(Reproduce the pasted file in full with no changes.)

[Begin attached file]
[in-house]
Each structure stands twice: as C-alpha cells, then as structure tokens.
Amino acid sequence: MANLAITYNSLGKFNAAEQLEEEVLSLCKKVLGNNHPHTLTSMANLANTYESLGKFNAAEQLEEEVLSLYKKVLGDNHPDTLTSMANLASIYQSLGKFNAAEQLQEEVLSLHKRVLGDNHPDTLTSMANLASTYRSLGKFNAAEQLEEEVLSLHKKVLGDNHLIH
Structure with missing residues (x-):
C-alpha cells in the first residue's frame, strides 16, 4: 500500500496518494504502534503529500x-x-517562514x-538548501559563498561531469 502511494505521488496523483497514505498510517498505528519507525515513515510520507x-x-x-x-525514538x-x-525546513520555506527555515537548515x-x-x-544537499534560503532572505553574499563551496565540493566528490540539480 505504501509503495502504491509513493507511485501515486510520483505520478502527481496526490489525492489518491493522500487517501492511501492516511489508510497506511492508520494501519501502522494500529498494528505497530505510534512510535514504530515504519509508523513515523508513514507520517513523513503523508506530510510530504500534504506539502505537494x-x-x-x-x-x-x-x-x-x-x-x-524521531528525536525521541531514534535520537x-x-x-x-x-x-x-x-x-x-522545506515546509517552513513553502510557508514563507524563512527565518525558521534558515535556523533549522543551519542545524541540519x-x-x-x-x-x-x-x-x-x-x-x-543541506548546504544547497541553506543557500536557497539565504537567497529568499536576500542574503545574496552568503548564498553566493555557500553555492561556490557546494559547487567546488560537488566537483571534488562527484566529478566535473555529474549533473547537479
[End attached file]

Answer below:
[in-house]
Each structure stands twice: as C-alpha cells, then as structure tokens.
Amino acid sequence: MANLAITYNSLGKFNAAEQLEEEVLSLCKKVLGNNHPHTLTSMANLANTYESLGKFNAAEQLEEEVLSLYKKVLGDNHPDTLTSMANLASIYQSLGKFNAAEQLQEEVLSLHKRVLGDNHPDTLTSMANLASTYRSLGKFNAAEQLEEEVLSLHKKVLGDNHLIH
Structure with missing residues (x-):
C-alpha cells in the first residue's frame, strides 16, 4: 500500500496518494504502534503529500x-x-517562514x-538548501559563498561531469 502511494505521488496523483497514505498510517498505528519507525515513515510520507x-x-x-x-525514538x-x-525546513520555506527555515537548515x-x-x-544537499534560503532572505553574499563551496565540493566528490540539480 505504501509503495502504491509513493507511485501515486510520483505520478502527481496526490489525492489518491493522500487517501492511501492516511489508510497506511492508520494501519501502522494500529498494528505497530505510534512510535514504530515504519509508523513515523508513514507520517513523513503523508506530510510530504500534504506539502505537494x-x-x-x-x-x-x-x-x-x-x-x-524521531528525536525521541531514534535520537x-x-x-x-x-x-x-x-x-x-522545506515546509517552513513553502510557508514563507524563512527565518525558521534558515535556523533549522543551519542545524541540519x-x-x-x-x-x-x-x-x-x-x-x-543541506548546504544547497541553506543557500536557497539565504537567497529568499536576500542574503545574496552568503548564498553566493555557500553555492561556490557546494559547487567546488560537488566537483571534488562527484566529478566535473555529474549533473547537479